Task Needs Assessment and Work Allocation Tools for Mission Operations and Procedures (Completed)
Last Published:  07/30/20 02:45:15 PM (Central)
Short Title: Work Allocation Tools
Responsible HRP Element: Space Human Factors and Habitability
Collaborating Org(s):
Funding Status: Completed - Task completed and produced a deliverable
Procurement Mechanism(s):
Directed
Aims:

Increased automation usage will be a prerequisite for long-term spaceflight. Identification of potential risks in complex, novel automation is critical to successful missions. Critical steps in the design of novel automation are: identification of mission needs, and validation that the developed technology meets those needs (i.e. is “fit for purpose”). The state-of-the-art of evaluation processes lack replicable, systematic methods for measuring a “good fit”. This task sets out to develop a method that will be used to represent and measure operator work needs, test input data for method test/validation, and then apply the method to a testbed developed in the first and second steps in an empirical data comparison effort.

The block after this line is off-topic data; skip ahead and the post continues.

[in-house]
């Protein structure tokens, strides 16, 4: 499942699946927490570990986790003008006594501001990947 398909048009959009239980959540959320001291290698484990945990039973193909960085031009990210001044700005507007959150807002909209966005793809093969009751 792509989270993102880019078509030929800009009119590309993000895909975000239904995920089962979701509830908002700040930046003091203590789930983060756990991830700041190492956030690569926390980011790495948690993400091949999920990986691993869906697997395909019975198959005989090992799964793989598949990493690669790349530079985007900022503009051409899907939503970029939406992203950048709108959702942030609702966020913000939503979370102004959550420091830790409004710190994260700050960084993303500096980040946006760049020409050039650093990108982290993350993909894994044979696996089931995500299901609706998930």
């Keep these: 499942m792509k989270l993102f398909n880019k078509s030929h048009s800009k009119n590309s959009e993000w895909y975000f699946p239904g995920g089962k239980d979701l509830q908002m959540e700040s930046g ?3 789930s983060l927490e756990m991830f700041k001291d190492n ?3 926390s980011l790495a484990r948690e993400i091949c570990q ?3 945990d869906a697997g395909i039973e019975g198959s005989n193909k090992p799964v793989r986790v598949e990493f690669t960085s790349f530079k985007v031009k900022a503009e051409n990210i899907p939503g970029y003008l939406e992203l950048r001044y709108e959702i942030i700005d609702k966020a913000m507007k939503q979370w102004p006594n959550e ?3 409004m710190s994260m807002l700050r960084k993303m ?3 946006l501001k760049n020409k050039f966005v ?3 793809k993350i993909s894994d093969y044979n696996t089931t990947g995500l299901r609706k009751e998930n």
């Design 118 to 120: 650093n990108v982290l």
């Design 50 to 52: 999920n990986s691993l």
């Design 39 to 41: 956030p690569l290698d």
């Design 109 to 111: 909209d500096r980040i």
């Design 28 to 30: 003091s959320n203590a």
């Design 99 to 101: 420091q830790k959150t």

1. Develop a method (for use by the designers and evaluators of human-automation integration) to assess fitness-for-purpose of automation. We will propose the automation-to-work (ATW) structural alignment as the method for measuring how work and automation are aligned.
  2. Empirically test a human-automation system that has high ATW structural alignment, will support better performance, and particularly, is more easily learned and can be more flexibly applied in unfamiliar conditions.

 

Mitigation/Partial mitigation of the gap/risk: Application of such methods would reduce the risk of inadequate design of human/automation integration, and reduce the gap in guidelines and tools for appropriate task/needs analysis, and in how these are used to guide design and evaluation. With these tools and methods, NASA will better be able to implement HAI designs that are robust in supporting a variety of tasks across a variety of circumstances (some of which are difficult or impossible to anticipate). Further, the and methods will enable designs that support performance on tasks executed long after training, by operators who must be competent in many types of work rather than specialists in any one.





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